Note: Where available, the PDF/Word icon below is provided to view the complete and fully formatted document
Disclaimer: The Parliamentary Library does not warrant or accept liability for the accuracy or usefulness of the transcripts. These are copied directly from the broadcaster's website.
Unions angry over proposed NSW public sector -

View in ParlViewView other Segments

Unions angry over proposed NSW public sector workplace changes

Timothy McDonald reported this story on Wednesday, May 25, 2011 08:17:00

PETER CAVE: Legislation introduced into the New South Wales Parliament last night will change the
way that public service wages and conditions are determined.

The unions have already labelled it state WorkChoices, but the new Premier Barry O'Farrell says
it's nothing of the sort.

The unions say it will render independent umpires powerless, but the Government says it's badly
needed to ensure productivity gains within the public sector.

Timothy McDonald reports.

TIMOTHY MCDONALD: When the Minister for Finance Greg Pearce introduced the legislation last night,
he made it clear that the bill would change the way the state's independent workplace umpire would
function.

GREG PEARCE: I move by leave that leave be given to bring in a bill for an act to amend the
Industrial Relations Act 1996 to require the Industrial Relations Commission to give effect to
certain government policies on public sector conditions of employment and for related purposes.

TIMOTHY MCDONALD: The Opposition Leader John Robertson, who was instrumental in the unions'
campaign against the Howard government's workplace reforms, was quick to condemn the proposal.

But the Premier Barry O'Farrell says it's a minor change aimed at ensuring the state's finances.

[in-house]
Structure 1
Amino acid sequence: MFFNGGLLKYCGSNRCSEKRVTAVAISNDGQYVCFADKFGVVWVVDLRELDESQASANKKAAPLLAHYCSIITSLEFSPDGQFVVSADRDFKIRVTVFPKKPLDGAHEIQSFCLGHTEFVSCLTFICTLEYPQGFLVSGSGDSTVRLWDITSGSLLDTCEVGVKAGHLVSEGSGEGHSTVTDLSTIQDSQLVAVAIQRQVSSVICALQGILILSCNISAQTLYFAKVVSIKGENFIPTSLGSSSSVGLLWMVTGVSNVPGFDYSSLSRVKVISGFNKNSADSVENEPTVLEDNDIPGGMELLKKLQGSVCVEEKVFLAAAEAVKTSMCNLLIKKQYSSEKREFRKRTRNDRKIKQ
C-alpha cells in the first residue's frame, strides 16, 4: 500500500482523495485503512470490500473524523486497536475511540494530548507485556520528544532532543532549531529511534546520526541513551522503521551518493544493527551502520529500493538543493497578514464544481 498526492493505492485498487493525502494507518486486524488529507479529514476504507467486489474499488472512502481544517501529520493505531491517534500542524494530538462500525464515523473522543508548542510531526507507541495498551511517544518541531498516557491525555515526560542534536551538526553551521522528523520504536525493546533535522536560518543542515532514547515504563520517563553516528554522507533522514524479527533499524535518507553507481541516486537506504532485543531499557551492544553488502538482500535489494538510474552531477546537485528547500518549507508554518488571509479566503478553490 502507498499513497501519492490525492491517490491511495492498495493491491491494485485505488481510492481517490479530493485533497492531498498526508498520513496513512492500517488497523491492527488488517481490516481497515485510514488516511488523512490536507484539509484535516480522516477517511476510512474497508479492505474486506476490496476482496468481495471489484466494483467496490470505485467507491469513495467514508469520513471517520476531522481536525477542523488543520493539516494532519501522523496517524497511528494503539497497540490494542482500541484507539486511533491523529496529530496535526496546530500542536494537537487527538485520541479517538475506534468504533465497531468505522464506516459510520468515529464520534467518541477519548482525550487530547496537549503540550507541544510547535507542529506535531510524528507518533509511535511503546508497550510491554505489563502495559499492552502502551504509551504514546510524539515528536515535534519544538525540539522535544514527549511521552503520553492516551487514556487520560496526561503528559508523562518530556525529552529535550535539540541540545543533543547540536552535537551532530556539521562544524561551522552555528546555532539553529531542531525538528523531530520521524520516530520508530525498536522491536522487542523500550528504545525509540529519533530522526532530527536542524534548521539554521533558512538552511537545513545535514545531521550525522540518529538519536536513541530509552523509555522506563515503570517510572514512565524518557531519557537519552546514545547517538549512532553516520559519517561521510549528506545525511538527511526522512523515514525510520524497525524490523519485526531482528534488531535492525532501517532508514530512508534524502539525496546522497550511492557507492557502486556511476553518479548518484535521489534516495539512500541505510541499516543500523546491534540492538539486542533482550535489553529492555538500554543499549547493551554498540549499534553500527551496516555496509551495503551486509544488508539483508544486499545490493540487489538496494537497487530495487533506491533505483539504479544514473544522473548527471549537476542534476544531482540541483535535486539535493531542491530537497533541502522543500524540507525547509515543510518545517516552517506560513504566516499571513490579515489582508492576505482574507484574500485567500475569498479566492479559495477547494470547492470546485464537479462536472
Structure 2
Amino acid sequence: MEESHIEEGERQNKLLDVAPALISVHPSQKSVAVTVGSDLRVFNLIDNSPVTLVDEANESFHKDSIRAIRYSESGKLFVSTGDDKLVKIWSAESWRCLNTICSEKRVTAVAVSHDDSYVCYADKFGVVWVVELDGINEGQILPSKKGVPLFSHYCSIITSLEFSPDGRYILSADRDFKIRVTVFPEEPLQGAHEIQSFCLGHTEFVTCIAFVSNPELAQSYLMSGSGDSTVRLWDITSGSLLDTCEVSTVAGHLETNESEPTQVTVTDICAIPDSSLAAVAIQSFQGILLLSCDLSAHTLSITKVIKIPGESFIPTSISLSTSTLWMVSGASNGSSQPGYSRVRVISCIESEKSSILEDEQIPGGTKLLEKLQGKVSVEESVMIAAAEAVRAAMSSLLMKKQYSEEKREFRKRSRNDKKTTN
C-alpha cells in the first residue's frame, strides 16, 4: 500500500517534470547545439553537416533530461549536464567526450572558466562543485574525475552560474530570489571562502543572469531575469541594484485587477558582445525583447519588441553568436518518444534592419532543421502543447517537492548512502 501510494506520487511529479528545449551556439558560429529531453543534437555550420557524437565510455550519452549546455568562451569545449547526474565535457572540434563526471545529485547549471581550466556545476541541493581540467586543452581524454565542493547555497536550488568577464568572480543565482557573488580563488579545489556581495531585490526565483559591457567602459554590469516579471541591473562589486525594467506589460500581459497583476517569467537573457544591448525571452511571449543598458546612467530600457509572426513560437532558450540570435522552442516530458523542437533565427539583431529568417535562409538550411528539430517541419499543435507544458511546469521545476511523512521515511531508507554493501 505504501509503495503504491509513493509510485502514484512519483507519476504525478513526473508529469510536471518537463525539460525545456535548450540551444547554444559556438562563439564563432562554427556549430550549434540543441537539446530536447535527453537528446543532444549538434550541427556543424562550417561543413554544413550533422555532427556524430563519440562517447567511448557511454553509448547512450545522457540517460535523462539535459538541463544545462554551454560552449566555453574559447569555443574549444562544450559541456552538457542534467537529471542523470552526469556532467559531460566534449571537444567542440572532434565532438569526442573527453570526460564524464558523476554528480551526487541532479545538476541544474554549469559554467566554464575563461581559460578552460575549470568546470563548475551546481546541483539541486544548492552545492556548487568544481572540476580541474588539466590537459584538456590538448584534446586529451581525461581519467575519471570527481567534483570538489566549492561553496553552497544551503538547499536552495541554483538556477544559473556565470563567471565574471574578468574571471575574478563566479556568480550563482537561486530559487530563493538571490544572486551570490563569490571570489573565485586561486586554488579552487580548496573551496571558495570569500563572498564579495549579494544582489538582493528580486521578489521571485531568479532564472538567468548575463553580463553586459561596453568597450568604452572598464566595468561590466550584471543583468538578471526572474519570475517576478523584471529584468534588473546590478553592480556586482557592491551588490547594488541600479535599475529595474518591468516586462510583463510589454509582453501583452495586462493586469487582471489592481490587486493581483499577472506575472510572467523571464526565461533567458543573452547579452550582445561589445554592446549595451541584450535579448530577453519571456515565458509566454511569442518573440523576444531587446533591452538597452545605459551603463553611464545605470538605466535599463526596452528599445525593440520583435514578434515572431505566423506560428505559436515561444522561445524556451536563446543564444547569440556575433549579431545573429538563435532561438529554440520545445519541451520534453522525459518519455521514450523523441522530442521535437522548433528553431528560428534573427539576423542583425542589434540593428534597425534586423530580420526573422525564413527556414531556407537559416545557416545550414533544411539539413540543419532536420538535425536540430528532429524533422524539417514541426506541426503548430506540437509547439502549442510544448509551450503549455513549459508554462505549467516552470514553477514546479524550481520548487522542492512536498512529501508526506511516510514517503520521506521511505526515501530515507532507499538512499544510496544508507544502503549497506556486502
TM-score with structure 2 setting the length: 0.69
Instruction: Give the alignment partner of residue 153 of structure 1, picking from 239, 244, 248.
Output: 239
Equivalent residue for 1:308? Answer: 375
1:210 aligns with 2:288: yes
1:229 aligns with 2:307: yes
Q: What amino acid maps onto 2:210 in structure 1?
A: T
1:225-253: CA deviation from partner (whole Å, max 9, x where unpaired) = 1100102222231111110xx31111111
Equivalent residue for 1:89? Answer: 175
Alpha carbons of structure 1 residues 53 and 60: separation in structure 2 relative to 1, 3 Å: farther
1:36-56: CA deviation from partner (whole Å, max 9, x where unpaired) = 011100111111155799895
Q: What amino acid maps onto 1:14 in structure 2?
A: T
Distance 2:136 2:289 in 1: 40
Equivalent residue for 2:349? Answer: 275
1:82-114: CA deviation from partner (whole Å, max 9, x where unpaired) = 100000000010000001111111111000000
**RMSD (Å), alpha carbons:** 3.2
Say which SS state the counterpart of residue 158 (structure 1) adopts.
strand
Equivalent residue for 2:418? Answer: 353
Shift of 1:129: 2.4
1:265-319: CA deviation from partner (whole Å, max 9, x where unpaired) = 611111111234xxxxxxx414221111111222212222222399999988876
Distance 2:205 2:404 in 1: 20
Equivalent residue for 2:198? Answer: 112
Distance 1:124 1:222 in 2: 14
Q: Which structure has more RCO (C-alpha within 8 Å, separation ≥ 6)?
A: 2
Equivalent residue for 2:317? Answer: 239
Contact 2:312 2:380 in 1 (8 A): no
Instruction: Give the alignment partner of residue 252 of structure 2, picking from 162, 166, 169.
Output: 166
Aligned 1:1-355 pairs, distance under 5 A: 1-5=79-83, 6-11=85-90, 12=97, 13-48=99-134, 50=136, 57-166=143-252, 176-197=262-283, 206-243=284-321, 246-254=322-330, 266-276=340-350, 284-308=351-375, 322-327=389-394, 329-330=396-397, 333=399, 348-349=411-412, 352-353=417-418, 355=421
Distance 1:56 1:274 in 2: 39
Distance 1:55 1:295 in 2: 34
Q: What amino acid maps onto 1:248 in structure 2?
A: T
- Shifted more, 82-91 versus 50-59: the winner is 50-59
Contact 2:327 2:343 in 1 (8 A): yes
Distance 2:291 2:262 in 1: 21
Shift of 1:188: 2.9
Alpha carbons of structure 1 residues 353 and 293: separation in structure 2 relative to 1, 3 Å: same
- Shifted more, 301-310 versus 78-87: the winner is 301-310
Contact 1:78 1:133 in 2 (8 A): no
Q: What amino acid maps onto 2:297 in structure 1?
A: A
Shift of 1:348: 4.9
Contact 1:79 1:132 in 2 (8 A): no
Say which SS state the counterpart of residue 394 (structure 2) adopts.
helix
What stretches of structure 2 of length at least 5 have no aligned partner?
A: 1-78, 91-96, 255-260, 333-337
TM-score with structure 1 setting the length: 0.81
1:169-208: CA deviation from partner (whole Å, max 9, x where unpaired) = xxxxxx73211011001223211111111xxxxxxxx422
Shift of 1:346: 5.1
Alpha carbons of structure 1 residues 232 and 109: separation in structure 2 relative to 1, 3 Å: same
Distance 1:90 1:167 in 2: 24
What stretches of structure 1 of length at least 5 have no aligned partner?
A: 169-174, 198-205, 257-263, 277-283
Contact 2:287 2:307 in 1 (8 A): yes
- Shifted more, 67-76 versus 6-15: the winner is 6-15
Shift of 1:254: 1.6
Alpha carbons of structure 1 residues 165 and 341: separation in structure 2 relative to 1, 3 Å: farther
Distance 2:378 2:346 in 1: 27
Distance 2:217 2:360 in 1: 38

BARRY O'FARRELL: This is Labor's wages policy with one exception, that payment of increases above
the 2.5 per cent in exchange for productivity savings will ensure that those productivity savings
are actually made and not as Labor has done, ignore it and stick taxpayers with a $900 million
bill.

TIMOTHY MCDONALD: The unions are concerned that with a reduced role for the Industrial Relations
Commission, the Government would have free reign, which could result in the lower wages and worse
conditions.

Mark Lennon is the secretary of Unions New South Wales.

MARK LENNON: My understanding from the proposal of the Government, they would outline what their
proposals for wages policy are, they would then set that out in a regulation and the commission's
role would simply to, to determine maybe if certain productivity measures have been met by public
sector workers or whether those measures are in fact achievable.

It would be a very limited role within the very limited confines of the Government's wages policy.

TIMOTHY MCDONALD: Professor Andrew Stewart is a specialist in workplace law at the University of
Adelaide.

He says reducing the independent umpire's role will stack the deck in favour of the Government, and
will also have a flow on effect when it comes to negotiations between the unions and the
Government.

But he says the Industrial Relations Commission may not be as willing to give up its power as the
Government hopes.

ANDREW STEWART: Unions, public servants generally will know when they bargain with the government
that if the government is not happy with the outcome of the negotiations and the matter then goes
to the commission for arbitration, that the government can direct the commission to make a finding
that the government's view is to prevail and that is a pretty extraordinary step to take with what
is meant to be an independent umpire.

TIMOTHY MCDONALD: Does it effectively turn the independent umpire into a toothless tiger?

ANDREW STEWART: Well, it will still depend on exactly how any direction to the commission is worded
and then how the commission chooses to interpret that and then whether there is a question of
whether or not it is complying with the government regulations. So we could see the highly
unedifying prospect of the Government effectively having to take the commission to court to force
it to comply with the direction that the Government thinks it's giving.

PETER CAVE: Professor Andrew Stewart from the University of Adelaide. Timothy McDonald was our
reporter.